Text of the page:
A Tribute to Moms
Mother’s Day always seems to sneak up on me, every year I find myself behind the ball. I want to say that I hope that my Mom understands that it doesn’t mean that I don’t love her, but I know that sometimes that thought sneaks into my head when my boys forget. This post is a reminder to me and everyone that while Mom may seem invincible and strong we have feelings so as a reminder to myself here are just a few things to remember, out of the million, that Mom’s do.
What Mom’s Do
Diapers: Oh sooo many diapers
If you have ever been around a stinky diaper then you know that one of the stinkiest parts of a mom’s job is changing diapers. On average the number of diapers that a child goes through is 7,000 per child. I had three so that is approximately 21,000 diapers. That is not including sick days enough said.
Whether it be the sniffles, diahrrea, throwing up, cuts, scrapes or for those moms whom have to be there for much more serious illnesses. Mom’s are there day and night, weekends and holidays to comfort, clean and care for their children’s needs.
I had three boys and I have to tell you that potty training was HARD. Just figuring out how to let a little person know what going to the potty even was, and how to know when to go. Think about that every time you don’t make a mess in your pants lol.
Before you can even start pre-school or Kindergarten, there are some things you have to know, but that isn’t why your Mom taught you your ABC’s, 1,2,3’s, manners etc… She taught you those things because she loves spending time with you, and she wants you to be successful.
Mom’s: Recognizing All who Fill the Role
Because we have become accustomed to labeling, and we get stuck thinking within a box, we often overlook Mothers who don’t fit the conventional label.
Single Dads whom by whatever circumstance are the sole parent. Often raised on how to be a good provider, but never thought that you would have to play a dual role of both Mom and Dad. So often Dads are portrayed as the absent parent, the disciplinarian or just a weekend Dad. Kudos to those Dads who have taken on the challenge of being both parents to your child.
Step-Moms, again the labels am I right? Seriously, the first thing that came to my mind was the evil step-mom, but man what a difficult role. Whether biological Mom is in the picture or not, where do you stand? You play the part, you love the child like your own but the dynamics can be so tricky. It’s got to be hard for the kids too, and yet so many of you have made it work and work well.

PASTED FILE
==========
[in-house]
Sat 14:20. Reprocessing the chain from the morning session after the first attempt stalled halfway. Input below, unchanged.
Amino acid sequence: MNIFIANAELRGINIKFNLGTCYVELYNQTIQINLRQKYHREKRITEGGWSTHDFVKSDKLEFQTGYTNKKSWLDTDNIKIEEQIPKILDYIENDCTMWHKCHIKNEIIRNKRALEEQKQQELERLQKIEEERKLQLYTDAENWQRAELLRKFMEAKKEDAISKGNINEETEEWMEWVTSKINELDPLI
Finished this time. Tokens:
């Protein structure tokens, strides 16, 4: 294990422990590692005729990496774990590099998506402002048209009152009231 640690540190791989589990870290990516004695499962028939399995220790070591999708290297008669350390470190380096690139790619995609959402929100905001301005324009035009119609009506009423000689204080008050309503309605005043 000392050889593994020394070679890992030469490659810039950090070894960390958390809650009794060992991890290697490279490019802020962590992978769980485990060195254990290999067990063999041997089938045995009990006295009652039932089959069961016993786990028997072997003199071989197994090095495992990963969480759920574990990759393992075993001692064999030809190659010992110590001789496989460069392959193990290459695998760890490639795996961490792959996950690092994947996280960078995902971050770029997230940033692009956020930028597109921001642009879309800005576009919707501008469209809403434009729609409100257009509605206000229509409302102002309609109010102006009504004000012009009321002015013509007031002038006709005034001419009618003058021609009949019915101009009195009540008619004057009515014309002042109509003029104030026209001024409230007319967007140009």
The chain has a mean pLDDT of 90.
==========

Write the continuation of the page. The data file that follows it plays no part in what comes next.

Foster Moms you voluntarily take in someone else’s child(ren) at all hours of the day. Often these children come from homes of abuse and/or neglect. These children are angry, confused and hurt. You know little to nothing about them, but often you soon find out that they come with all sorts of baggage.
These are some of our most vulnerable and troubled youth, and yet you take on the challenge and do your best to provide stability, consistency, and love. It’s a tough position, because you become attached and yet the best case scenario is that the children get to go back home, and you may never get to see them again, but I know they remain in your heart. Without foster Moms where would these children go?
Grandmas, Aunts, and other family raising your grandchild(ren), nieces, nephews cousins… In my line of work in Child Protection Services, it lifts my heart when I can place a child(ren) with family. Gone are the days when that was a given. If a child cannot be with their parents, the next best place is with family. It’s a difficult role to play having to deal with relatives, but you do it anyway because you love those kids.
Adoptive Moms: If you ask most women who want a family they will say they want a child of their own, when that isn’t possible I cannot imagine having to let go of that dream, and yet so many do taking in children who have nowhere else to go, have no parents or family and like you they are waiting for someone to call their own.
Empty Nesters: I fall into this category after an 18, 19-year career of raising our children to be responsible, respectable and productive adults, our reward is an empty bedroom. Just because they are gone doesn’t mean that we don’t worry, that our ears and eyes don’t yearn to hear their voices and to see them again. Their lives become busier, and often ours become less so, they have families and responsibilities of their own, and we are left alone. It’s hard to let go, but let go we do. The transition from child to adult can be difficult for Moms to handle. When you have played the same role for almost two decades, you have lived and breathed being Mom the pain of letting go and watching them walk out the door is indescribable. Our responsibilities may have lessened, but our role never goes away. Once a Mom always a Mom.
To all the Moms and those wearing the Mom hat have a blessed and joyous day and remember that you change the world every single day.
Happy Mother’s Day